The next farmers were seasonal migrant workers who began arriving in Bridgehampton from the Carolinas in the 1920s. When the season ended in October, families typically moved back south.
“But as things modernized and it was more affable for African Americans, they stayed,” says Greene. “Those families settled along the Bridgehampton Turnpike.”
While many farming families are still in the area, most gave up working the land years ago. With property values soaring and farming becoming an increasingly difficult profession, it has been more profitable to sell than sow.
But there are still familiar names — Halsey, Wesnofske, Foster — working the fields that remain.
“Many of them are still aimed at the potato – and some branched out into organic framing,” says Greene. “The Fosters are farming in different forms, like making potato chips.”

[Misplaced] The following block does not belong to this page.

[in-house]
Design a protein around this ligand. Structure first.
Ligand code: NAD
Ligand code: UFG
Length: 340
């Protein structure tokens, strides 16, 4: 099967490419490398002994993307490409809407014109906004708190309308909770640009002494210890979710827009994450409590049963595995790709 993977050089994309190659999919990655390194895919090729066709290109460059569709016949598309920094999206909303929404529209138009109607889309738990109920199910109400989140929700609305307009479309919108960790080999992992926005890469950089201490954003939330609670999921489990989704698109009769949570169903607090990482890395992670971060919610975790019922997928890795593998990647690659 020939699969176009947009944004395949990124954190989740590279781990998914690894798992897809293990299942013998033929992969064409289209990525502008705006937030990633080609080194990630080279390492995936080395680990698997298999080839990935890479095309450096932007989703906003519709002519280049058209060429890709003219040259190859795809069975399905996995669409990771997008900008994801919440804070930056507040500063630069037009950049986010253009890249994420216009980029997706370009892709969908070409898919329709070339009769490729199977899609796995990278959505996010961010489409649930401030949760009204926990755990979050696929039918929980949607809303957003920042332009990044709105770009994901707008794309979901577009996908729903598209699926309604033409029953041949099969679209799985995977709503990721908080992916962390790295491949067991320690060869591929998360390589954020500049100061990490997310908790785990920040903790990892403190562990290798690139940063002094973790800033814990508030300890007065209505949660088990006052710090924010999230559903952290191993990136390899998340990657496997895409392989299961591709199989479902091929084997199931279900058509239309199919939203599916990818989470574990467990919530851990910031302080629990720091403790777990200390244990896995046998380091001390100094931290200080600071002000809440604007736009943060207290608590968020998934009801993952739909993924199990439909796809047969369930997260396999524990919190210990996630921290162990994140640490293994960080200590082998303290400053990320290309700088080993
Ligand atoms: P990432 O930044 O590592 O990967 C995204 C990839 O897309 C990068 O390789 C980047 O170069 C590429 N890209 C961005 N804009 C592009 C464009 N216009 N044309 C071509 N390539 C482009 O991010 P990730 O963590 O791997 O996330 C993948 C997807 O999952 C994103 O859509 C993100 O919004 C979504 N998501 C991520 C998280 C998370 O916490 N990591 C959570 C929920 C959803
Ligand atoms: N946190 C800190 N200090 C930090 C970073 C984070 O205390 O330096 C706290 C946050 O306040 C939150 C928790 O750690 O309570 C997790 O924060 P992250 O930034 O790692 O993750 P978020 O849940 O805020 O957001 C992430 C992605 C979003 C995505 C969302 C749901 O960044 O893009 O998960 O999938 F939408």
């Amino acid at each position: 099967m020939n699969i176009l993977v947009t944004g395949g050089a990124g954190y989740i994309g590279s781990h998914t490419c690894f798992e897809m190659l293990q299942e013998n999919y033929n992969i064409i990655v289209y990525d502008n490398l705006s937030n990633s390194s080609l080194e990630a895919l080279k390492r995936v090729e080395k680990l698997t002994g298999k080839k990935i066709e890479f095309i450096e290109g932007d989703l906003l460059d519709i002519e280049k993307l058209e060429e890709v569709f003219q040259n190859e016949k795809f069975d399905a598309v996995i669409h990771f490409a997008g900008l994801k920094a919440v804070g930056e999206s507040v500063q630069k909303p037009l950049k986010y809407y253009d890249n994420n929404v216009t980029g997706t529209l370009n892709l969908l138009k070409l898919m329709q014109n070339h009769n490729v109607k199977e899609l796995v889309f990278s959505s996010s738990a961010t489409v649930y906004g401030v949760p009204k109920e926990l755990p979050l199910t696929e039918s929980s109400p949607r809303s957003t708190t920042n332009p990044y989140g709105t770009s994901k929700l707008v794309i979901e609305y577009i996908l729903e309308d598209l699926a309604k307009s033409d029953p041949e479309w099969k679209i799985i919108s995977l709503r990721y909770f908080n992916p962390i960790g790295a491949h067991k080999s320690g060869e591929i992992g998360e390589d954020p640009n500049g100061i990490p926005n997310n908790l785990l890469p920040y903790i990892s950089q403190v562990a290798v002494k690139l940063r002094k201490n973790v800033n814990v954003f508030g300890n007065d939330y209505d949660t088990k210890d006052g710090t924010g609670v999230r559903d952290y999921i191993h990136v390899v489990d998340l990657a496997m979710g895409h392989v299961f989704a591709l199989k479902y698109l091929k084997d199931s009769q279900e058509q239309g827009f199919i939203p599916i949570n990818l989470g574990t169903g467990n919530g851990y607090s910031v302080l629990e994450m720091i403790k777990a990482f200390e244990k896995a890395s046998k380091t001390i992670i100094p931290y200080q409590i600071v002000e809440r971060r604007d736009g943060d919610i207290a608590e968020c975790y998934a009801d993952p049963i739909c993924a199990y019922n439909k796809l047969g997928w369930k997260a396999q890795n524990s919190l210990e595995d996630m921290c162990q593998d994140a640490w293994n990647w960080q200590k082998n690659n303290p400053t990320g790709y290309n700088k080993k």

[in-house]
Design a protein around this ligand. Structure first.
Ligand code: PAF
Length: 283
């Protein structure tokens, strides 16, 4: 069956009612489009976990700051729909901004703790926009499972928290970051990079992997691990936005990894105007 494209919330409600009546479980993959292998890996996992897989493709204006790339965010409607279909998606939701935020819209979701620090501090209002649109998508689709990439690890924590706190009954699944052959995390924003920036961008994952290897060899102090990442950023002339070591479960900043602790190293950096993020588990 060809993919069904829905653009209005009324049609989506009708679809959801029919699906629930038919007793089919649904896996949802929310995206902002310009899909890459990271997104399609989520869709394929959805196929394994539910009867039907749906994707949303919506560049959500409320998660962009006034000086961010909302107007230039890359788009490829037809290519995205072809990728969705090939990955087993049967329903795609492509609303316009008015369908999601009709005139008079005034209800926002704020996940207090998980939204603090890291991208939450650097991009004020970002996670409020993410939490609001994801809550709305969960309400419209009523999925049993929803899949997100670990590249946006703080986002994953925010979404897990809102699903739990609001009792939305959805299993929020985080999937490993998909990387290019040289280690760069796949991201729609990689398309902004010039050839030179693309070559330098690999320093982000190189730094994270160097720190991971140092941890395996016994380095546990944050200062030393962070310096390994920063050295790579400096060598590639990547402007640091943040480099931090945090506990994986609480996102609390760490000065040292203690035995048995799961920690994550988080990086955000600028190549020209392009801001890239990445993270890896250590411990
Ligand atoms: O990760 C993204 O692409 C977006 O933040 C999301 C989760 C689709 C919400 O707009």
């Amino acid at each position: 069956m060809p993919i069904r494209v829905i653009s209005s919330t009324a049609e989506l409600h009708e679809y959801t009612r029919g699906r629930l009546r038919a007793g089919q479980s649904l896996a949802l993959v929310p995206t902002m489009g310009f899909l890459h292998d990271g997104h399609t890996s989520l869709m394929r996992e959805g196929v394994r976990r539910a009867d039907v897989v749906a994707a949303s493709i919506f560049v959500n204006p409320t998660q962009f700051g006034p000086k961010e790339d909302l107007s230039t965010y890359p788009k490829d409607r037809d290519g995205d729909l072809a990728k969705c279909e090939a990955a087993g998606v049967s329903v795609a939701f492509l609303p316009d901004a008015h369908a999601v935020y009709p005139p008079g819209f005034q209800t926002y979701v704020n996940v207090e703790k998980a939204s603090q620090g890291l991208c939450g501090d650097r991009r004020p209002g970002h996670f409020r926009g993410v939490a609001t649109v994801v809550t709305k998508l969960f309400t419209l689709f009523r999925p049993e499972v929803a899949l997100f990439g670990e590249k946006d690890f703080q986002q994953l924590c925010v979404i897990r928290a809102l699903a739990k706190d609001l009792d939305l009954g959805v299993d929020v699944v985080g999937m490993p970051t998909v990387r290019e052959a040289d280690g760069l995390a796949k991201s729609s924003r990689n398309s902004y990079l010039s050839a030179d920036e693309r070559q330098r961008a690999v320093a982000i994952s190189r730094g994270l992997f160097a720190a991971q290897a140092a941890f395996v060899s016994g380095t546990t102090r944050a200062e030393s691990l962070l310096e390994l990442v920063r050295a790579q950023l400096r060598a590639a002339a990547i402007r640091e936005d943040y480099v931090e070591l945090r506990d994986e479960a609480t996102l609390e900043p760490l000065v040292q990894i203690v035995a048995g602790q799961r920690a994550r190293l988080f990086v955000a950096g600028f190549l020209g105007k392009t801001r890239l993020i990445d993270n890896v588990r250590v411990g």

“It’s lovely and a testament to the people here – not all are selling their land,” she adds. “The White family has been here 350 years – they have their land and lease it to be farmed. The Ludlows are making cheese. They have farmed for centuries and hopefully will continue to do so. There’s definitely an evolution within the families.”
Like any evolving story, there are also new names being added to the roster of family farmers. Jim and Jennifer Pike are a prime example of that — a young couple and first generation farmers who are making a go of it with one of the most popular farm stands in the area.
“I’m enamored. Here I thought what do I know about farming? But what I do know and the sense I’ve gotten is it’s an agricultural society,” says Greene. “It’s amazing that elsewhere there’s not a single remnant of it.”
“Here, even if it’s just a rusty old tractor, it harkens back to the time when people took care of themselves and gave it their all,” she adds.
“Visual Images of 100 Years of Farming in Greater Bridgehampton” opens with a reception at the Bridgehampton Historical Society, Archives Building, 2537-A Montauk Highway, Bridgehampton, on Friday, July 8 from 5 to 7 p.m.